My next question is that others are saying that it doesn’t make sense to single out Markush Groups for new rules, that’s just a generic claim, whether it was a Markush or not.  Say you just claim “fruit” and leave it at that.  Then the argument is “Well, there are a lot of fruits in the world.”  How do you respond that it seems unfair to pick on Markush?

I think your original question was “arbitrary.”

Well, that’s the way it has been criticized.

My first reaction when I saw that is that the description process in and of itself would be kind of arbitrary.  I mean, we are allowing examiners — again, at their discretion — to limit examination from individual inventions via restriction process.  And so, for someone to say that:  “Well, why are you doing it on Markush or why are you per se picking on Markush or alternative-type claims?” I think they are being a big disingenuous about restriction practice in general.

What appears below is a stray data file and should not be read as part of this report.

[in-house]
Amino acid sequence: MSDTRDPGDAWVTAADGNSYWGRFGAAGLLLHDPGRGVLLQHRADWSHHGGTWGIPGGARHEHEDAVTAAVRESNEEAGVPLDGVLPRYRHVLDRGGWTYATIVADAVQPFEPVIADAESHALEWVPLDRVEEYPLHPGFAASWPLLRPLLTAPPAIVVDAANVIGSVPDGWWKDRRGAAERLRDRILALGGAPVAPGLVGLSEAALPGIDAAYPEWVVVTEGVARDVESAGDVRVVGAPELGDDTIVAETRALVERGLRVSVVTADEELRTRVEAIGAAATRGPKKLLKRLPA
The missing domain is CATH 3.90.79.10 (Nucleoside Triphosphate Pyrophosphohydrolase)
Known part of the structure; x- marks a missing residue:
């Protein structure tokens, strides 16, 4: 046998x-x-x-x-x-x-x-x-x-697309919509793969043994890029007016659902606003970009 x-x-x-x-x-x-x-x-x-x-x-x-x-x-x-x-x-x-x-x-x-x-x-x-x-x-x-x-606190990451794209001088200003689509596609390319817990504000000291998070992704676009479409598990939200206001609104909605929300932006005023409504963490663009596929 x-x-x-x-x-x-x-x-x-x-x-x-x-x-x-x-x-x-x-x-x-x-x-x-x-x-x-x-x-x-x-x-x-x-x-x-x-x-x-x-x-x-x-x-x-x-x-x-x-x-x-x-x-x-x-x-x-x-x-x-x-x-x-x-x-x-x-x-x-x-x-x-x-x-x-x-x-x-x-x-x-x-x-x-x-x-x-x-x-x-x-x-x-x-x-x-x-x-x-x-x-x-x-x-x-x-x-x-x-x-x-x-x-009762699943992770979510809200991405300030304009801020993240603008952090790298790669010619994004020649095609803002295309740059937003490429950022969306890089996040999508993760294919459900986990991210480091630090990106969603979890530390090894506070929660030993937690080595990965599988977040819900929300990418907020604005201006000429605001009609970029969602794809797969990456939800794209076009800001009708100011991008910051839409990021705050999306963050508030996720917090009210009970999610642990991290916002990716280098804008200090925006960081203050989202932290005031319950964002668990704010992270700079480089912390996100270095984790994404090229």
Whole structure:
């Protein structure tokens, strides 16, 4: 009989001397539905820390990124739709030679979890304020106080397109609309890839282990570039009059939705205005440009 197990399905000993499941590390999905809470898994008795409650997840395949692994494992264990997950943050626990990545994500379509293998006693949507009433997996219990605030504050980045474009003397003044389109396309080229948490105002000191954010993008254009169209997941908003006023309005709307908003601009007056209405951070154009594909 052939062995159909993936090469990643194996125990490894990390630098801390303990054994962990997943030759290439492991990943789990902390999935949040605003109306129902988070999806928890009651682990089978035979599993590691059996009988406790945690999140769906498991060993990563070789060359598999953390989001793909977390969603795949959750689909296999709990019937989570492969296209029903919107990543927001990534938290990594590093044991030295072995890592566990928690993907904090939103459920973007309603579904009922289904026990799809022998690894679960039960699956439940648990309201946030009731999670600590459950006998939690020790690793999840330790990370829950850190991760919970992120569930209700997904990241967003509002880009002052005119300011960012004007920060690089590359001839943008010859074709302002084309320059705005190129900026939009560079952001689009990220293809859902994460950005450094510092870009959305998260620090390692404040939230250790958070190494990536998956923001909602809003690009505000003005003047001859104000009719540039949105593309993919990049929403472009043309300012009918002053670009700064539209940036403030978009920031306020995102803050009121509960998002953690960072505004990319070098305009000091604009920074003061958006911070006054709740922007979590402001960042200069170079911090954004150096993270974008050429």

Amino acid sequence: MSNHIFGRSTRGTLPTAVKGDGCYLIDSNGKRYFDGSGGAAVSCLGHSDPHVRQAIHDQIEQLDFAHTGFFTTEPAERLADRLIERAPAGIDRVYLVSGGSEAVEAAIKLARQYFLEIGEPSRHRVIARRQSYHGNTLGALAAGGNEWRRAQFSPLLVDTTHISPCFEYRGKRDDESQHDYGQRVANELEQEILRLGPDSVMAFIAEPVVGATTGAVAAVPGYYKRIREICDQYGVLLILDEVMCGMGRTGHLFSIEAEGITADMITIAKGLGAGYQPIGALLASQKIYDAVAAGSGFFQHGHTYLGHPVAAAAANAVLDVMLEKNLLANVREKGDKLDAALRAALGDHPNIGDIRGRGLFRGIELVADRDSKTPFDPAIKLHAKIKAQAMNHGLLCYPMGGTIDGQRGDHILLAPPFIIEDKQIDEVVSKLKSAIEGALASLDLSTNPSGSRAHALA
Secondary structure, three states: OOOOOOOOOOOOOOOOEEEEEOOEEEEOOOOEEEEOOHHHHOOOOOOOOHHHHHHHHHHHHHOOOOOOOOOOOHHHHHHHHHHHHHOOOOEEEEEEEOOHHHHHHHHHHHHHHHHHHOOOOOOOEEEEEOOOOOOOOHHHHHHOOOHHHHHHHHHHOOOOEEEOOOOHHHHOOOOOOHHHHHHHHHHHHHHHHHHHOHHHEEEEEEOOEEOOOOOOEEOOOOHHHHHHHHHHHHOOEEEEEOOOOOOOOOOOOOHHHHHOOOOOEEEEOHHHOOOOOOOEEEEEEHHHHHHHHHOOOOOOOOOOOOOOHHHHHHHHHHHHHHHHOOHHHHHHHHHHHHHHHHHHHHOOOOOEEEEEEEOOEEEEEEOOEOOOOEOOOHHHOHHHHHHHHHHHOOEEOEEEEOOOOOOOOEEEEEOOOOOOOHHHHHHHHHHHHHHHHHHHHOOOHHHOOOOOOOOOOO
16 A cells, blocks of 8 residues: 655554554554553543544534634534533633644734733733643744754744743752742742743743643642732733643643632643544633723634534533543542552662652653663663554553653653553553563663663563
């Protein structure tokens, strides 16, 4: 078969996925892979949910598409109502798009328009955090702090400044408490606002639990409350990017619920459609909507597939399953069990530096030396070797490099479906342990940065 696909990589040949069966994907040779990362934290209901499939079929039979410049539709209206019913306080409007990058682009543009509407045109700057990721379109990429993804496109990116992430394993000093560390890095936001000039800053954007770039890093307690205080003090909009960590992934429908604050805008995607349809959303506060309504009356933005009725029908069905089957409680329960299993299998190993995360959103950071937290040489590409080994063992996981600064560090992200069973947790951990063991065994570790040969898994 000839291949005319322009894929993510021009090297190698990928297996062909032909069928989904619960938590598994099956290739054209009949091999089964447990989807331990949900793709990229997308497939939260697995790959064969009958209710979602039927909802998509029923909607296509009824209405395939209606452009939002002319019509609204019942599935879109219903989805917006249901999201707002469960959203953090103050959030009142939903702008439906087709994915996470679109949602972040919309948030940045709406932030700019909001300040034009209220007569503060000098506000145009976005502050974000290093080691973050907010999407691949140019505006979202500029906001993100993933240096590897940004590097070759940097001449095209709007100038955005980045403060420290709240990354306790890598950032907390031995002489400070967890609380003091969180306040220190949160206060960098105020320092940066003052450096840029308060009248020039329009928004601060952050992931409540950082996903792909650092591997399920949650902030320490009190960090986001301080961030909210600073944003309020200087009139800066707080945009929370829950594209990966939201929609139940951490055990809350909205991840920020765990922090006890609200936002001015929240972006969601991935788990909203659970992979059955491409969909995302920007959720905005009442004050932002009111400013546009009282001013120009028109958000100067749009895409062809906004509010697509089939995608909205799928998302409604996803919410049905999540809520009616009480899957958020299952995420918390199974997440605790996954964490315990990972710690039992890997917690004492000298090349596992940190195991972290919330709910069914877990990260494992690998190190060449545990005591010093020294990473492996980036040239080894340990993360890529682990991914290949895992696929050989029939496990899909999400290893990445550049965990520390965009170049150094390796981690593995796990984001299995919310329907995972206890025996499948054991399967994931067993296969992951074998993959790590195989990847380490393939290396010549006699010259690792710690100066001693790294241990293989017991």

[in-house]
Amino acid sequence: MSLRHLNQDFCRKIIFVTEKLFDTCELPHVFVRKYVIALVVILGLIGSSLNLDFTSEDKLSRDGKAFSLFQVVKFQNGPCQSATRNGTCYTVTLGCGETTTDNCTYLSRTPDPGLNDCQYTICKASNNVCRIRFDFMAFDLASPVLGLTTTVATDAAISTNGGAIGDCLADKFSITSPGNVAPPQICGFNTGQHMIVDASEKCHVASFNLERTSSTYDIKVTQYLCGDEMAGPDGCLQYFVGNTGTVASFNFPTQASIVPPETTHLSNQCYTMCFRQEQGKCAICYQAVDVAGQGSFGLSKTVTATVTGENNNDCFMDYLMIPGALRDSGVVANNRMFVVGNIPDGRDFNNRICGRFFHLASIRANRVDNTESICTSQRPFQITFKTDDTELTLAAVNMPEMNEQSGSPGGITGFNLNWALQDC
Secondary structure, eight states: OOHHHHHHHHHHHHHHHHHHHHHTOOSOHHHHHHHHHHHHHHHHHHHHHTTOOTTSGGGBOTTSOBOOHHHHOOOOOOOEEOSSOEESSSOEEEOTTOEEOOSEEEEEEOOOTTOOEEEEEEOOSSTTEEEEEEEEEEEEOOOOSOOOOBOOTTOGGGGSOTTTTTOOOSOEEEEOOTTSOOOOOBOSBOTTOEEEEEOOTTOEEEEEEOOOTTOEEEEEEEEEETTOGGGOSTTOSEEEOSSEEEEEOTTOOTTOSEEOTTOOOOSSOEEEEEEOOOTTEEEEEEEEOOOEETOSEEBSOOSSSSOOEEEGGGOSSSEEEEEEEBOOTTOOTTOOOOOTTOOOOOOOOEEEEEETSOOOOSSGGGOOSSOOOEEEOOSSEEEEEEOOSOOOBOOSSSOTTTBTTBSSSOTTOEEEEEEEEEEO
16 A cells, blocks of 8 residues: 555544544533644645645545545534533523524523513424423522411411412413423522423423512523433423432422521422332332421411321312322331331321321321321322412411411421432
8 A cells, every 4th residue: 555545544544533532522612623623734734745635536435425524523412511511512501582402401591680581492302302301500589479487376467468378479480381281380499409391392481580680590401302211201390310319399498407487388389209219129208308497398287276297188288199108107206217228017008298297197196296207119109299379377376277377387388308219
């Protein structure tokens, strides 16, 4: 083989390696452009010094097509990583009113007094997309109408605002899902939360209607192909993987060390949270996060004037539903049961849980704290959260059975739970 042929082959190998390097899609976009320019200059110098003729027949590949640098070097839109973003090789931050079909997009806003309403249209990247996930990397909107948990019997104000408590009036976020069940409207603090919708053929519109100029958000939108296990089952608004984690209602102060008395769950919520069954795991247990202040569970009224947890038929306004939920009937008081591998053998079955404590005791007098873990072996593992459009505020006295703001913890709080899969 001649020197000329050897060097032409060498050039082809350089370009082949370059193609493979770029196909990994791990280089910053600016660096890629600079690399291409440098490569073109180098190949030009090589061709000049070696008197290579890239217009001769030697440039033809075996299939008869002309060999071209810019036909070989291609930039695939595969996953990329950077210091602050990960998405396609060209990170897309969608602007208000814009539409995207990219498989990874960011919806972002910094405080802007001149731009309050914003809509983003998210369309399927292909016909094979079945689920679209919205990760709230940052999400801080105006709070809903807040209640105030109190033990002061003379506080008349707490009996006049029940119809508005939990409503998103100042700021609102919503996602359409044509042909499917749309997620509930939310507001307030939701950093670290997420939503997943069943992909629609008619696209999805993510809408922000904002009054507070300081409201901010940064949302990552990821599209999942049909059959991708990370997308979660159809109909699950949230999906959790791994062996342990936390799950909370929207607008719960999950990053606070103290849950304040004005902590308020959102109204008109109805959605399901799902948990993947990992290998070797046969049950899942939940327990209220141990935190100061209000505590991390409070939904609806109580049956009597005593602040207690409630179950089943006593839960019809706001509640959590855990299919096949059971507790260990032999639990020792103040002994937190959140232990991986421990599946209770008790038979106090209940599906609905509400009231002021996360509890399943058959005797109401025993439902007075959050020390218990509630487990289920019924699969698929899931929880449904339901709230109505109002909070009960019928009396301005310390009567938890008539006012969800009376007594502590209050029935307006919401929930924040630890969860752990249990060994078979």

Perhaps they should be criticizing restriction practice as a whole, rather than just criticizing the Office for trying to rule make and deal with the problem that the Court indicted for us to rule make on, recognizing that the Office has limited resources.  Restriction practice is one way in which we can properly limit the examination and limit it to a single invention. Really, all we’re proposing to do is to bring Markush alternative claims in line with standard restriction practice.

Now, that doesn’t mean that we are going to be able to restrict.  I mean, if these rules actually go final — and I can’t tell you whether or not that is going to occur — but if they were to go final, the practice would not abolish our standard species practice, nor would it permit examiners in every instance to restrict within the claims where Markush and alternatives are being recited.  It would only be in those instances where the Markush covers more than one invention.

I don’t’ want too far sidetracked but, in parallel with this, I don’t think it would be any surprise there’s been a lot of concern or criticism about restriction practice in and of itself has gotten out of hand, that everything is restricted and then if you try to traverse, you’ll get nowhere.  You just get a standard “We didn’t find that persuasive.”  How do you address that?